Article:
The DOL request for information published in the Federal Register includes a set of inquiries being reviewed by the DOL in its examination of existing rules. Plan administrators can confirm compliance with electronic media disclosures by reviewing the DOL summary (http://s.dol.gov/E2) or the basic regulations issued by the three agencies or by checking with counsel on the appropriate use of electronic media. (29 CFR Part 2520; published in Vol. 76, No. 67, Federal Register of April 7, 2011)
In March 2010, we reported on a federal district court case in which the court ruled in favor of plan fiduciaries and the plan recordkeeper following the commencement of a lawsuit claiming mismanagement of unitized company stock funds and payment of excessive fees to the plan recordkeeper and the plan trustee. After a review of the plan’s process in selecting and retaining its service providers and in operating a company stock fund within the plan’s investment selections, the district court granted summary judgment in favor of the defendants. The district court concluded that the unitized company stock fund was prudent and consistent with industry practice, that the plan adequately advised participants of the risks of investment in company stock and of the fees connected with all plan investments, that plan fees and expenses were regularly monitored and were consistent with industry averages, and that the arrangement with the plan trustee was standard in the industry and did not result in excess fees to the plan trustee. Plaintiffs in the case appealed the district court ruling, and the Seventh Circuit Court of Appeals recently issued a ruling that reversed the district court’s rulings with respect to the unitized stock fund and the reasonableness of the recordkeeping fees. With the respect to the unitized company stock fund issue, the Seventh Circuit reversed the district court’s grant of summary judgment, concluding that while the fiduciaries discussed moving away from a unitized stock fund to purchases of actual stock, the record does not support a conclusion that that defendants ever made a decision to retain the unitized stock fund. The Seventh Circuit sent the case back to the lower court for further consideration of the issue. On the recordkeeper fee issue, the Seventh Circuit ruled, after considering both the opinions of defendants’ consultants and the opinions of plaintiffs’ expert (along with other admissible evidence), that a trier of fact could reasonably conclude that defendants did not satisfy their duty to ensure that the recordkeeper’s fees were reasonable. Accordingly, the Seventh Circuit reversed the grant of summary judgment on this issue and remanded it for further proceedings.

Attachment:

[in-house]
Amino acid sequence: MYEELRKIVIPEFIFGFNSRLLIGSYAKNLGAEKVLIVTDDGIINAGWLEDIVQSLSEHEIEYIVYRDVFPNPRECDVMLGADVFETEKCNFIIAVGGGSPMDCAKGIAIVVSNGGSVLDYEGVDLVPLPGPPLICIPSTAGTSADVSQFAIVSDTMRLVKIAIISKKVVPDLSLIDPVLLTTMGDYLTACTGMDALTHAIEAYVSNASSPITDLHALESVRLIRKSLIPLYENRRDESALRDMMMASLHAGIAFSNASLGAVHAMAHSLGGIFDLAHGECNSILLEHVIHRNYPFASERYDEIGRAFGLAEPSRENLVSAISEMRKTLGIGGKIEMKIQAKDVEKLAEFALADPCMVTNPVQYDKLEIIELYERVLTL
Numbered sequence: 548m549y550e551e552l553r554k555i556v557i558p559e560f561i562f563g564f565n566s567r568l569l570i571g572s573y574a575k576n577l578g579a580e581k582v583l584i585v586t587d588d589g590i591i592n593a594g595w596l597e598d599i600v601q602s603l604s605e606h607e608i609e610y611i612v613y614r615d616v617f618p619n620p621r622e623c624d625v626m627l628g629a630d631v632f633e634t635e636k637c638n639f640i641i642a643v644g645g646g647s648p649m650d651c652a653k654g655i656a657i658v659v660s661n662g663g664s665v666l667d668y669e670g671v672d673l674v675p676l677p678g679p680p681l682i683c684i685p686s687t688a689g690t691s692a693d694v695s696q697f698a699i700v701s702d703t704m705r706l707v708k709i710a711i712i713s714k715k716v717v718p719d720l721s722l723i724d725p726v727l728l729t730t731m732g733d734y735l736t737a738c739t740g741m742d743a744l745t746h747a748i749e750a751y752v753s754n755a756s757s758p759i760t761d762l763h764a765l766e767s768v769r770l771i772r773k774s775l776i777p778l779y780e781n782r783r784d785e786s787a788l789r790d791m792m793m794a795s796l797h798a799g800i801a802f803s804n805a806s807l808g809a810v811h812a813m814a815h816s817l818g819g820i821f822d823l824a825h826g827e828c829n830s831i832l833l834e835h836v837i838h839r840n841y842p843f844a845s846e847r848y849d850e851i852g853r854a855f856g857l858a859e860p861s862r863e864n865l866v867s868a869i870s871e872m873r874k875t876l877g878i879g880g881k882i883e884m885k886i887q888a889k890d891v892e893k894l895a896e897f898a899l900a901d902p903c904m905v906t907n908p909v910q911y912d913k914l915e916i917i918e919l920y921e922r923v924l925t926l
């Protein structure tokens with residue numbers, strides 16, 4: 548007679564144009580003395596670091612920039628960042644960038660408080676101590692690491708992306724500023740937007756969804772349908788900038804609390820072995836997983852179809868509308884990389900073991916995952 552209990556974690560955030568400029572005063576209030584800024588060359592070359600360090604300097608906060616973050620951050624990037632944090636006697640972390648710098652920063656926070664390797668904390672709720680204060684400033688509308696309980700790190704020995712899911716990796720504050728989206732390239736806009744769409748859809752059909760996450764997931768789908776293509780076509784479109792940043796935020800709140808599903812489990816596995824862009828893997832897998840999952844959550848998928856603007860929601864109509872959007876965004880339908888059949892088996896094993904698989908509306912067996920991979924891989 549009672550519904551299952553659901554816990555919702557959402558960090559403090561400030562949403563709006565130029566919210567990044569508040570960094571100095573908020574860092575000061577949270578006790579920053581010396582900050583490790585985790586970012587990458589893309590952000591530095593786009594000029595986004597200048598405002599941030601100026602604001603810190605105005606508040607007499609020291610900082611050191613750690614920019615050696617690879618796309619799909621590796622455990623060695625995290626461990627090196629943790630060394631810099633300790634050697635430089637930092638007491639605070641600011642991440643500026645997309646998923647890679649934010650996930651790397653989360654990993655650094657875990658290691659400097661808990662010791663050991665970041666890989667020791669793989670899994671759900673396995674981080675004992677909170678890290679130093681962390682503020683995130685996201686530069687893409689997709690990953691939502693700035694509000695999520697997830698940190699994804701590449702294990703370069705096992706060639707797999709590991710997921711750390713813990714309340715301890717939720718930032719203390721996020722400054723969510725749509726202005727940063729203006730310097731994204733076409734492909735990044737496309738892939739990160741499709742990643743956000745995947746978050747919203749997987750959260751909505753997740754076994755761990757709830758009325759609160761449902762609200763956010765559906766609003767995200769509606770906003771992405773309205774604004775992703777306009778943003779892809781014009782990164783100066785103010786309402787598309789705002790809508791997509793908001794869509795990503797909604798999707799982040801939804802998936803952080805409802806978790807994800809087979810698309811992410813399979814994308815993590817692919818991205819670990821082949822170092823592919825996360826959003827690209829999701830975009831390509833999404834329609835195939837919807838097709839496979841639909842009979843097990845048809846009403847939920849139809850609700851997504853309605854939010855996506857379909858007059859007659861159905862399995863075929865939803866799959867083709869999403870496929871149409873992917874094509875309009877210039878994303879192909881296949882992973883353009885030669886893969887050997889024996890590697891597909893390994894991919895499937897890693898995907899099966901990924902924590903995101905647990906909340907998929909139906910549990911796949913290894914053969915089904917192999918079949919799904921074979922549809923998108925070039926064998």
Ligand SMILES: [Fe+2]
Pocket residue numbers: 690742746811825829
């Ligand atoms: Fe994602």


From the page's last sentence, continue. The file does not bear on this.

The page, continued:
Cases involving 401(k) plan mismanagement and 401(k) fees have generally favored plan sponsors and plan fiduciaries. Whether this case represents a significant setback for plan sponsors and plan fiduciaries in these types of cases is as yet unclear. (George v. Kraft Foods Global Inc., 7th Cir. 2011)
Peter K. Bradley
Anita Costello Greer
Michael J. Flanagan
Richard W. Kaiser
Arthur A. Marrapese, III